Register for our upcoming webinars (free)

Print the 2020 webinar brochure here.


Use MyHeritage Records to Quickly Discover and Write the Story of Your Ancestors - free webinar by Devon Noel Lee now online

2020-10-13-image500blog

The recording of today's webinar by Devon Noel Lee, "Use MyHeritage Records to Quickly Discover and Write the Story of Your Ancestors" is now available to view at www.FamilyTreeWebinars.com for free.

Webinar Description

By finding a wide range of genealogy records, you can discover the story that fills in the dash between birth and death dates. Then you can transform that information into an enjoyable story for your relatives to read.

View the Recording at FamilyTreeWebinars.com

If you could not make it to the live event or just want to watch it again, the 1 hour 4 minute recording of "Use MyHeritage Records to Quickly Discover and Write the Story of Your Ancestors" is now available to view in our webinar library for free. If you have a webinar membership, it is available anytime.

Webinar Memberships/Subscriptions

Webinar Members get:

  • On-demand access to the entire webinar archives (now 1,372 classes of genealogy education)
  • On-demand access to the instructor handouts (now 5,331 pages)
  • On-demand access to the live webinars' chat logs
  • 5% off all products at www.FamilyTreeWebinars.com (must be logged in at checkout)
  • Access to all future recordings for the duration of their membership
  • Chance for a members-only door prize during each live webinar
  • Access to register for bonus members-only webinars
  • Ability to view which webinars you are registered for
  • Use of the playlist, resume watching, and jump-to features

Introductory pricing:

  • Annual membership: $49.95/year

Register for our upcoming webinars (free)

Print the 2020 webinar brochure here.


Register for Webinar Wednesday: Dealing with Endogamy by Paul Woodbury

Register
 
General rules of DNA inheritance assume independent genealogical lines. However, cases of endogamy, pedigree collapse and multiple levels of relationship to any given genetic match merit additional considerations for analysis and interpretation. Explore strategies such as segment analysis, targeted testing, anchoring, and variable segment thresholds for overcoming the challenges of endogamy, pedigree collapse or multiple relationships in your DNA test results.

Registerbut 

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No worries. Its recording will be available for a limited time. Webinar Subscribers have unlimited access to all webinar recordings for the duration of their membership.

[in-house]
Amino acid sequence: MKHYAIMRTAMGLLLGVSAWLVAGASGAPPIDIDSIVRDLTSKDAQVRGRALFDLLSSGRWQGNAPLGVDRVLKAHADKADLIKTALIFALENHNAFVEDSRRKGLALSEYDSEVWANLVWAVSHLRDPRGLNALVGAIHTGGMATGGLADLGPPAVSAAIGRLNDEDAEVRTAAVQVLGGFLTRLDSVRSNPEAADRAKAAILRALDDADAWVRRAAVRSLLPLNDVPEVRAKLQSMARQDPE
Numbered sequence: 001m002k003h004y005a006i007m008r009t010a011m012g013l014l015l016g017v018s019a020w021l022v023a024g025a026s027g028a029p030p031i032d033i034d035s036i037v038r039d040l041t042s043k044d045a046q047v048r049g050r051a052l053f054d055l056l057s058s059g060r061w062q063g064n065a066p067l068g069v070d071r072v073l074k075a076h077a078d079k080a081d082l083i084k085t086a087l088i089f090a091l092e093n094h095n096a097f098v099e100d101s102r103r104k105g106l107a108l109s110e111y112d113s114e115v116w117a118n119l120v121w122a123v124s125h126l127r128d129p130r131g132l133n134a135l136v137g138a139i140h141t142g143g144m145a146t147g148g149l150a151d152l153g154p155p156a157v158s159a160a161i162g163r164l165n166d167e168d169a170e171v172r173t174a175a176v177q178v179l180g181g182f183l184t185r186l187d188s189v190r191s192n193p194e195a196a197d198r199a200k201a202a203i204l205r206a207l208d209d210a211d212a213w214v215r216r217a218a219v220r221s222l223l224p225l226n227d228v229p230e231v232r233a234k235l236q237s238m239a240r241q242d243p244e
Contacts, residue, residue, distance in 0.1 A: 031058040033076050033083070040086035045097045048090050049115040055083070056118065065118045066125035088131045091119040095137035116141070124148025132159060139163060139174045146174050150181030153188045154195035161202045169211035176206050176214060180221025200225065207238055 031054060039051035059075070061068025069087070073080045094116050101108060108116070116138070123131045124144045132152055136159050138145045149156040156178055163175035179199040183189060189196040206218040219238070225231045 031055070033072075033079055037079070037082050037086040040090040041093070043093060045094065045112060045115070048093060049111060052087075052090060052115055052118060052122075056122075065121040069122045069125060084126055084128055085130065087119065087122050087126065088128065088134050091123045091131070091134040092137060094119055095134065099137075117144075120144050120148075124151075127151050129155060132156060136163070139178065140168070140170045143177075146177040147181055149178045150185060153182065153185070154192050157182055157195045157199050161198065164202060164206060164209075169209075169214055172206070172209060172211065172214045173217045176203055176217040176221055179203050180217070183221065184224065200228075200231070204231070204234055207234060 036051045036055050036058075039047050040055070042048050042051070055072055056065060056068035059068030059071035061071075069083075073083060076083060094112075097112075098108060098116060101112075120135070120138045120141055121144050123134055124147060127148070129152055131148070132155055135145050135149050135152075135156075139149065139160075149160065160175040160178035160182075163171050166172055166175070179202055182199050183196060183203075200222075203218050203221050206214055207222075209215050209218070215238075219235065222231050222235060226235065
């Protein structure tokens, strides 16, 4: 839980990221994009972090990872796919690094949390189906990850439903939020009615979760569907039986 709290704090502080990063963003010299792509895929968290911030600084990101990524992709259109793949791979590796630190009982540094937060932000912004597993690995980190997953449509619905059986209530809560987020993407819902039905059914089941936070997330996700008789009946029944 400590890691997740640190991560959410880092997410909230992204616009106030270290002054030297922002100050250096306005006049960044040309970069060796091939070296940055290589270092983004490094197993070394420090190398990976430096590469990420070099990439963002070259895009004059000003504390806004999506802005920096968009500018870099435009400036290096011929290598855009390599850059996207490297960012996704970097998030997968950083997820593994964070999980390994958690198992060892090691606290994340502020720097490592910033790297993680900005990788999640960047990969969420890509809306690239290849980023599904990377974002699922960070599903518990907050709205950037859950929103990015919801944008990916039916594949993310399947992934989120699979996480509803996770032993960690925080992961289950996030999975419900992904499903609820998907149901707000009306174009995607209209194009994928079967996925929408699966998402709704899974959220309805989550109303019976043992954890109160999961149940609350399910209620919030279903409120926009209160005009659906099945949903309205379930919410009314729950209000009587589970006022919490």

About the presenter

PaulWoodbury-144x144From a young age, Paul Woodbury fell in love with genealogy research. To pursue his passion for this field, he studied genetics and family history at Brigham Young University. To aid in his desire to share his knowledge with others, he has also received a masters degree in instructional design and educational technology from the University of Utah. Paul currently works as a DNA team lead at Legacy Tree Genealogists where he has helped to solve hundreds of genetic genealogy cases. In addition to genetic genealogy, Paul specializes in French, Spanish, and Scandinavian research and regularly presents on topics for these areas.

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New TechZone Video - Web Surfing? Turn on Incognito Mode for Privacy by Marian Pierre-Louis

New TechZone Video - Web Surfing? Turn on Incognito Mode for Privacy by Marian Pierre-Louis

Every Friday we're pleased to offer Legacy Family Tree Webinar members a new, short ten minute or less TechZone video just for them! This Friday enjoy "Web Surfing? Turn on Incognito Mode for Privacy" by Marian Pierre-Louis.

Web Surfing? Turn on Incognito Mode for Privacy

Learn how to use incognito mode to create a temprorary internet session that won't save your internet activity.

_WatchVideo


About the Presenter

Marian Pierre-LouisMarian Pierre-Louis is a genealogy professional who specializes in educational outreach through webinars, internet broadcasts and video. Her areas of expertise include house history research, southern New England research and solving brick walls. Marian is the host of the Genealogy Profoessional Podcast. She has also produced and hosted 100 episodes of Fieldstone Common, a history podcast. Marian is the Online Education Producer for Legacy Family Tree Webinars where she produces online genealogy education classes. Once a month you'll find her as the evening host of Legacy Family Tree Webinars.

See all the webinars and videos by Marian Pierre-Louis in the Legacy library.
 
Not a member yet?

Legacy Family Tree Webinars provides genealogy education where-you-are through live and recorded online webinars and videos. Learn from the best instructors in genealogy including Thomas MacEntee, Judy Russell, J. Mark Lowe, Lisa Louise Cooke, Tom Jones, and many more. Learn at your convenience. On-demand classes are available 24 hours a day! All you need is a computer or mobile device with an Internet connection.

Subscribe today and get access to this BONUS members-only webinar AND all of this:

  • All 1,370 classes in the library 
  • 5,325 pages of instructors' handouts
  • Chat logs from the live webinars
  • Additional 5% off anything at FamilyTreeWebinars.com
  • Chance for a bonus subscribers-only door prize during each live webinar
  • Additional members-only webinars

It's just $49.95/year.


BCG's Reisinger Lecture Series now online for limited time

BCG's Reisinger Lecture Series now online for limited time

The recordings of the Joy Reisinger Memorial Lecture series, a 3-class series taught by the Board for Certification of Genealogists and broadcast live on Thursday are now online at www.FamilyTreeWebinars.com/BCG. Taught by genealogy's elite educators (Judy Russell, J. H. Fonkert, and Jill Morelli), the classes are free to view through Saturday, October 31 or available anytime with an annual webinar membership.